The small group of soldiers gather outside to exchange cigarettes and war stories, sometimes casually and sometimes with a certain irritation at memories made unreliable by their last day of fighting, the day the war took their limbs away.
Some still remember the moment when they were hit by anti-tank mines, aerial bombs, a rocket or a grenade.
For others, the gaps in their memories are large.
Vitaliy Bilyak’s thin body is a web of scars, ending with an above-the-knee amputation. During his six weeks in a coma, Bilyak underwent more than 10 surgeries, including on his jaw, hand and heel, to recover from injuries sustained on April 22 when he fell on two anti-tank mines drove.
“When I woke up, I felt like I was born again and came out of the afterlife,” said Bilyak, who is just beginning his path of rehabilitation.
He doesn’t know when he’ll get a prosthesis, it has to be individually adjusted for each patient.
Ukraine faces a future with more than 20,000 amputees, many of them soldiers who also suffer from psychological trauma from their time on the front lines.
Europe hasn’t seen anything like it since World War I, and the United States hasn’t since the Civil War.
Mykhailo Yurchuk, a paratrooper, was wounded near the town of Izium in the first weeks of the war.
His comrades loaded him onto a ladder and went to safety for an hour.
He said all he could think about at the time was to end it all with a grenade.
A paramedic refused to leave his side and held his hand the entire time he passed out.
When he woke up in the intensive care unit, the paramedic was still there.
“Thanks for holding my hand,” Yurchuk told him.
“Well, I was afraid you would pull out the pin,” the paramedic replied. Yurchuk’s left arm had disappeared below the elbow and his right leg had disappeared above the knee.
In the 18 months since, Yurchuk has regained his balance both mentally and physically.
He met the woman who would become his wife at the rehabilitation hospital, where she was doing volunteer work.
And now he cradles her little daughter and, without the slightest hesitation, takes her for a walk.
His new hand and leg are finished in solid black.
Yurchuk has himself become the primary motivator for new arrivals from the front lines, encouraging them to heal their wounds and teaching them how to live and move with their new disabilities.
This type of connection needs to be repeated formally and informally for thousands of amputees across Ukraine.
“Your entire musculoskeletal system needs to be realigned. You have a complete redistribution of weight. This is a really complicated adjustment and needs to be done with another human,” said Dr. Emily Mayhew, a medical historian at Imperial College specializing in blast injuries.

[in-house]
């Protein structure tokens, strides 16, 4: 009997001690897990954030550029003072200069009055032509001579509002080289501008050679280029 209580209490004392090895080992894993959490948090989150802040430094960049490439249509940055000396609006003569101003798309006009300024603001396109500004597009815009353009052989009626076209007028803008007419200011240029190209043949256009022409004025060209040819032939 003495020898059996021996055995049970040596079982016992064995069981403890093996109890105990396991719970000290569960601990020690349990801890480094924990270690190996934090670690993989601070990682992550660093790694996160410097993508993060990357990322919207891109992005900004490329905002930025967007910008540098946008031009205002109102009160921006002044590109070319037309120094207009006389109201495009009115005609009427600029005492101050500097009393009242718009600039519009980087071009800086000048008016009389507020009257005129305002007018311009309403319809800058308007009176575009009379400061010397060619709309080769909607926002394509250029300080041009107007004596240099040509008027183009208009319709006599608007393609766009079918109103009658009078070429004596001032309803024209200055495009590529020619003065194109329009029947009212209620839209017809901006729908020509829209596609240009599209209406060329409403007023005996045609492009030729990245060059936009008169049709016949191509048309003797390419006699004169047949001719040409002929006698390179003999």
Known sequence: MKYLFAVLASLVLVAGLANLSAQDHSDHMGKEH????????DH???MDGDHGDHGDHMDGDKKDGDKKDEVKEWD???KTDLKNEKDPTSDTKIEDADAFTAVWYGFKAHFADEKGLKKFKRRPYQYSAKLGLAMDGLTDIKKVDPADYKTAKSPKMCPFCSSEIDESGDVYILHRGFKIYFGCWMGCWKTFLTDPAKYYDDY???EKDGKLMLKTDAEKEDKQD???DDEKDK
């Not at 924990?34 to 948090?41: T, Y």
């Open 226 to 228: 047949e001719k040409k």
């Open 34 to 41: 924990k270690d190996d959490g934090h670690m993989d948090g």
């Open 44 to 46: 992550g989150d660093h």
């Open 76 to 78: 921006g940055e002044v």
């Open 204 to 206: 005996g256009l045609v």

There aren’t nearly enough prosthetics specialists in Ukraine to meet the growing need, said Olha Rudneva, director of the Superhumans Center for the Rehabilitation of Ukrainian Military Amputees.
Before the war, she said, only five people in all of Ukraine had completed formal rehabilitation training for people with arm or hand amputations, which are less common than legs and feet under normal circumstances, as the latter sometimes amputate due to complications from diabetes or other diseases would .
Rudneva estimated that 20,000 Ukrainians have suffered at least one amputation since the war began.
How many are soldiers, the government doesn’t say, but blast injuries are among the most common in a long frontline war.
The Unbroken and Superhumans rehabilitation centers provide prosthetic limbs to Ukrainian soldiers with funds from donor countries, charities and private Ukrainian companies.
“Some donors are not ready to provide military assistance to Ukraine, but are ready to fund humanitarian projects,” Rudneva said.
Some of the men in rehabilitation regret that they are now out of the war, including Yurchuk and Valentyn Lytvynchuk.
Lytvynchuk, a former battalion commander, draws strength from his family, particularly his four-year-old daughter, who has a unicorn engraved on his prosthetic leg.
He recently made his way to a military training ground to see what else he could do.
“I realized it’s unrealistic. I can jump into a ditch, but to get out I need 4WD. And if I move “fast,” a kid might catch me,” he said. Then, after a moment, he added, “Also, the prosthesis is falling off.”
For many amputees, the hardest part is learning to live with the pain — pain from the prosthesis, pain from the injury itself, pain from the lingering effects of the blast wave, said Mayhew, who has spoken to several hundred military amputees over the course of their careers .
Many struggle with disfigurements and the resulting cosmetic surgeries.
“This comorbidity of PTSD and blast injuries and pain — that’s very difficult to recognize,” she said. “When people have a physical injury and a psychological injury that comes with it, those things can never be separated. ”
For the seriously injured, rehabilitation could take longer than the war ultimately lasts.
The cosmetic surgeries are crucial for the soldiers to feel good in society.
Many are so disfigured that they believe no one can see them.
“We don’t have one year, we have two,” said Dr. Natalia Komashko, a facial surgeon. “We have to do this like it was due yesterday.”
Bilyak, the soldier who drove over anti-tank mines, still sometimes dreams of battle.
“I’m lying alone on the ward on the bed, and people I don’t know come up to me. I realize they are Russians and they shoot me in the head at point-blank range with pistols and rifles,” he said. “They get nervous because they’re running out of ammo, and I’m alive, giving them the middle finger and laughing at them.”